Montreal

'Enough is enough': West Island residents push back against tax hikes

More than 100 West Island residents gathered to protest tax hikes imposed on demerged cities in front of Pointe-Claire City Hall on Sunday.

Demerged municipalities say increase is too high, not enough consultation

More than 100 people came out to Pointe-Claire City Hall Sunday to protest the tax hikes being implemented by the City of Montreal. (CBC)

More than 100 West Island residents gathered to protest tax hikes imposed on demerged cities in front of Pointe-Claire City Hall on Sunday.

Protesters criticized Montreal Mayor Valérie Plante, saying that the current system isn't fair.

"Taxation without representation is not acceptable. We're not going to take this lying down anymore," said event organizer Rhonda Massad.

Brenda Shaw, who was also at the protest, said that while there are some parts of the West Island with "deep pockets," not everyone can afford to pay more for their services.

"We're finding it very difficult to pay our taxes as it is," she said. "We're retired grandparents."

Shaw told CBC that there's only so much money to go around and that cuts will have to be made somewhere.

"Something's got to give," she said. "We just want to be treated fairly."
Brenda Shaw and her husband Richard say that the new tax hike is unfair and that 'something's got to give.' (CBC)

Municipalities say they weren't consulted

The spike, announced earlier this month, accounts for an average of 3.3 per cent across Montreal's boroughs with increases in the agglomeration averaging an extra 5.3 per cent for shared services.

There are 15 demerged municipalities on or around the island of Montreal that pay a portion of their budgets to the agglomeration council in exchange for services such as police and fire departments as well as public transportation.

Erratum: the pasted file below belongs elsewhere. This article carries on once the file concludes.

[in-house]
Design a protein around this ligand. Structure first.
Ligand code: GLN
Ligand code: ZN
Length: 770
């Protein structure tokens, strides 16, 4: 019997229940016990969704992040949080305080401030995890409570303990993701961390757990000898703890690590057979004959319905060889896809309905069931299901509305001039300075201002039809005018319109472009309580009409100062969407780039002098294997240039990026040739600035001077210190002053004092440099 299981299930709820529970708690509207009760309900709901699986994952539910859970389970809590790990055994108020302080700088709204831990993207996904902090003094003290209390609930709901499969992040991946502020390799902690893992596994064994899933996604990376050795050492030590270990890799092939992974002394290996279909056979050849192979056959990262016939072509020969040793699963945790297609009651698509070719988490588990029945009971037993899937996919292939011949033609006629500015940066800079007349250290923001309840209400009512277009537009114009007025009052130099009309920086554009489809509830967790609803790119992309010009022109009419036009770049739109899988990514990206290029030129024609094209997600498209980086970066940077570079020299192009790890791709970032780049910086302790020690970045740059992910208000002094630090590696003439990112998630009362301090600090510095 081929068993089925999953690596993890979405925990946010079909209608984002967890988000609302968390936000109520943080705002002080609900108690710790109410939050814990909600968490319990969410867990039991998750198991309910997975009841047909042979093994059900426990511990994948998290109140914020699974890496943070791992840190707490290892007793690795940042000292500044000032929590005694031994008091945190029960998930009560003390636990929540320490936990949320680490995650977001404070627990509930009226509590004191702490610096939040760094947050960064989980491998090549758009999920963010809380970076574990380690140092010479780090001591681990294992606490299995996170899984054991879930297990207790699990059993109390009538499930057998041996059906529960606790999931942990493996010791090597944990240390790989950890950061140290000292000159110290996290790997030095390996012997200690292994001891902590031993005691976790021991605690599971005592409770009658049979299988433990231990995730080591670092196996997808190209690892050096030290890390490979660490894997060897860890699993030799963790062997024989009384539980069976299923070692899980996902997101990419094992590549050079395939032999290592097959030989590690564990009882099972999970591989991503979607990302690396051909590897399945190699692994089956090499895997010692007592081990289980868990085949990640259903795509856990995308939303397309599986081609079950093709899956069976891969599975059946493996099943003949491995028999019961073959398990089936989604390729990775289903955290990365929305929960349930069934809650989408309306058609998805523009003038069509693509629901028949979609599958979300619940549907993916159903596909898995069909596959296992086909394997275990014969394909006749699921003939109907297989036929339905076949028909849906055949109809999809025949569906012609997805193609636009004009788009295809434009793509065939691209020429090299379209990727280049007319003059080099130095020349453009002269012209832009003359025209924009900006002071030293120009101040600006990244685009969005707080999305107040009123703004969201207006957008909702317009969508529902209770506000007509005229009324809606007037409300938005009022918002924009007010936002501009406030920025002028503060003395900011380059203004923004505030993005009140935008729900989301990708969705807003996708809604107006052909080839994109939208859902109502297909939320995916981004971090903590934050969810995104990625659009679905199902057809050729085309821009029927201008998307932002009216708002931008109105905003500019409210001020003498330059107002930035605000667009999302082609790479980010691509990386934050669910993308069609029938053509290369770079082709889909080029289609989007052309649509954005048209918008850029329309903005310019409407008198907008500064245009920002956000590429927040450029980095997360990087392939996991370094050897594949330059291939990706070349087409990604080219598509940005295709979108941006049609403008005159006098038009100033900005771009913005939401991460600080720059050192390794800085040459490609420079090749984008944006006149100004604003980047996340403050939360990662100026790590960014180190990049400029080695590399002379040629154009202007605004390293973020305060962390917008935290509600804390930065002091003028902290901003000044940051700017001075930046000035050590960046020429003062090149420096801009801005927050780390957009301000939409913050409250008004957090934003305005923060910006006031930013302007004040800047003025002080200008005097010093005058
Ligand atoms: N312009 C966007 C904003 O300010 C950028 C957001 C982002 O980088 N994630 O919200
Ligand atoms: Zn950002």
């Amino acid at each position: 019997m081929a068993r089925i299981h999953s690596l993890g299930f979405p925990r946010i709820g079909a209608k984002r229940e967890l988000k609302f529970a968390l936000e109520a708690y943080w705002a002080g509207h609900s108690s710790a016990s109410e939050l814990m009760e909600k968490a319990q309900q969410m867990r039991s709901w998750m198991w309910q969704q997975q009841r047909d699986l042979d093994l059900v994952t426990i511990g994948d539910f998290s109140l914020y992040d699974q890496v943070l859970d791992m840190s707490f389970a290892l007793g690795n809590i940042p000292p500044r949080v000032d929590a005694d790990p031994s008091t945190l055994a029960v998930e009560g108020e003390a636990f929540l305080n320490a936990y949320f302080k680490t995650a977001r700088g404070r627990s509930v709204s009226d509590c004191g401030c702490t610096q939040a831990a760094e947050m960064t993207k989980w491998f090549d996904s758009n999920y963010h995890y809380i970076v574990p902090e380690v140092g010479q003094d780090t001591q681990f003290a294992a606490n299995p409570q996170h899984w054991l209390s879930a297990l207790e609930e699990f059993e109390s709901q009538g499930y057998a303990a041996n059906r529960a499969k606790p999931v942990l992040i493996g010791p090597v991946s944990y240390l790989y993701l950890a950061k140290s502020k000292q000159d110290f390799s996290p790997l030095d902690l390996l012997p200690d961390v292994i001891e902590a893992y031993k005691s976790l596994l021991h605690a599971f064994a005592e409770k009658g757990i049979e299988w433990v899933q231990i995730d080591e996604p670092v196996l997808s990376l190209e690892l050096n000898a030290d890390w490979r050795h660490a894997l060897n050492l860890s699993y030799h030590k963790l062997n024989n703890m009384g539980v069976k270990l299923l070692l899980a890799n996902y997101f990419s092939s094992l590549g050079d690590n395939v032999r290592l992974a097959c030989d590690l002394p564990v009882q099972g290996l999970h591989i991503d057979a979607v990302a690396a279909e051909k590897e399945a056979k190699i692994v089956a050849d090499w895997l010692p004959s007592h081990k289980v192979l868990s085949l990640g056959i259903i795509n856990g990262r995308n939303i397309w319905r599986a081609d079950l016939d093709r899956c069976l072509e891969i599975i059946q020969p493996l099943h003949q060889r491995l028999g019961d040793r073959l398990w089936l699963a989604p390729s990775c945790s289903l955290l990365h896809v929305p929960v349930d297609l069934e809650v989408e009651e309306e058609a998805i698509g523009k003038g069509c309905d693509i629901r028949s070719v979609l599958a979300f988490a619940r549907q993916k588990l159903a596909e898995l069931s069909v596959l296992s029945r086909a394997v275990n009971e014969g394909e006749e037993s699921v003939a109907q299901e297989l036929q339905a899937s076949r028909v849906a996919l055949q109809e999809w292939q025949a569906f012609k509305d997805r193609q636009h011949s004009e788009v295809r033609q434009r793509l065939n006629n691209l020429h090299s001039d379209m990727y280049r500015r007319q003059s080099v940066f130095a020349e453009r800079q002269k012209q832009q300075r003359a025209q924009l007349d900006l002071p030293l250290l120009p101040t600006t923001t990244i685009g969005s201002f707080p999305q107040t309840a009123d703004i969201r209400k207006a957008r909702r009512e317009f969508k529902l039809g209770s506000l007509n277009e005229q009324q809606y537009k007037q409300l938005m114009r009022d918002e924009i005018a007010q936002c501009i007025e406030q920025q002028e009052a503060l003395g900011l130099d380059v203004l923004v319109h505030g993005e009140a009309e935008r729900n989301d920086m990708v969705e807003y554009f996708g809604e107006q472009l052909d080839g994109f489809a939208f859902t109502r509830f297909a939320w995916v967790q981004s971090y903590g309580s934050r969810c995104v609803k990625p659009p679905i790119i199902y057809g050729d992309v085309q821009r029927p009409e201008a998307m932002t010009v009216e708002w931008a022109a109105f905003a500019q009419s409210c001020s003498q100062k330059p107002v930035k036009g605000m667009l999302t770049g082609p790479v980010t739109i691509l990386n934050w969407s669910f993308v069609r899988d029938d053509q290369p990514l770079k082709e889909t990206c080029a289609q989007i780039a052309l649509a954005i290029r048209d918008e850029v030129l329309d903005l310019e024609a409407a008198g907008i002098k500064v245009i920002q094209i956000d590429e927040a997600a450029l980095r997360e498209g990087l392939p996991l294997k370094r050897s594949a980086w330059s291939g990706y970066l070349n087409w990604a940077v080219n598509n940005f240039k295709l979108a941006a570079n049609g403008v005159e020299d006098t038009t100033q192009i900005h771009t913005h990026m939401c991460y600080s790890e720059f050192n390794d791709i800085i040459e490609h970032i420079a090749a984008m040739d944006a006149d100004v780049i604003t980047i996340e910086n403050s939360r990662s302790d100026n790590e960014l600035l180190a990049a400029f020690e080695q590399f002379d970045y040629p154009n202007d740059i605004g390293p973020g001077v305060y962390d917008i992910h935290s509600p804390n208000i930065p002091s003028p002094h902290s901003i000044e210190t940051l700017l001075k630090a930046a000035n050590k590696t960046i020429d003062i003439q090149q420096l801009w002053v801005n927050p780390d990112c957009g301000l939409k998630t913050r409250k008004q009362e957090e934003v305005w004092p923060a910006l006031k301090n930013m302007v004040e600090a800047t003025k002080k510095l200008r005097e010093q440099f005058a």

Some will have to pay as much as 9.8 per cent more, which is the case for Town of Mount Royal. Montreal West will have to pay 9 per cent more.

Kirkland Mayor Michel Gibson, left, and Pointe-Claire Mayor John Belvedere attended the protest Sunday at noon to show support. (CBC)

Pointe-Claire Mayor John Belvedere told CBC that he's angry not only about the increases, but also about the fact that he had no advance warning.

"We were supposed to be partners. You'd think they would sit down and go over it with us ahead of time," he said.

He said he only found out about the new taxes when it was announced to the public.

Michel Gibson, mayor of Kirkland, echoed the complaint.

"Enough is enough. I've got 51 per cent of my budget going to Montreal and I don't have any say," said Gibson. "Any increases in tax, we should be consulted."

In a statement sent to CBC, executive committee chair Benoit Dorais said the increase is due to a number of reasons: New collective agreements for police and firefighters, higher pension costs, as well as increased funding of public transit and water services.

Those are all shared services between the city and the demerged municipalities.

Increase in contributions to shared services by demerged municipalities

  • Town of Mount Royal: 9.8%
  • Montreal West: 9%
  • Dorval Island: 7.1%
  • Westmount: 6.7%
  • Pointe-Claire: 6.3%
  • Baie-D'Urfé: 5.7%
  • Dollard-des-Ormeaux: 5.3%
  • Beaconsfield: 5.2%
  • Dorval: 4.2%
  • Hampstead: 4%
  • Senneville: 3.6%
  • Côte Saint-Luc: 3.5%
  • Montreal East: 3.2%
  • Kirkland: 2.8%
  • Sainte-Anne-de-Bellevue: -7.4%

With files from Arian Zarrinkoub

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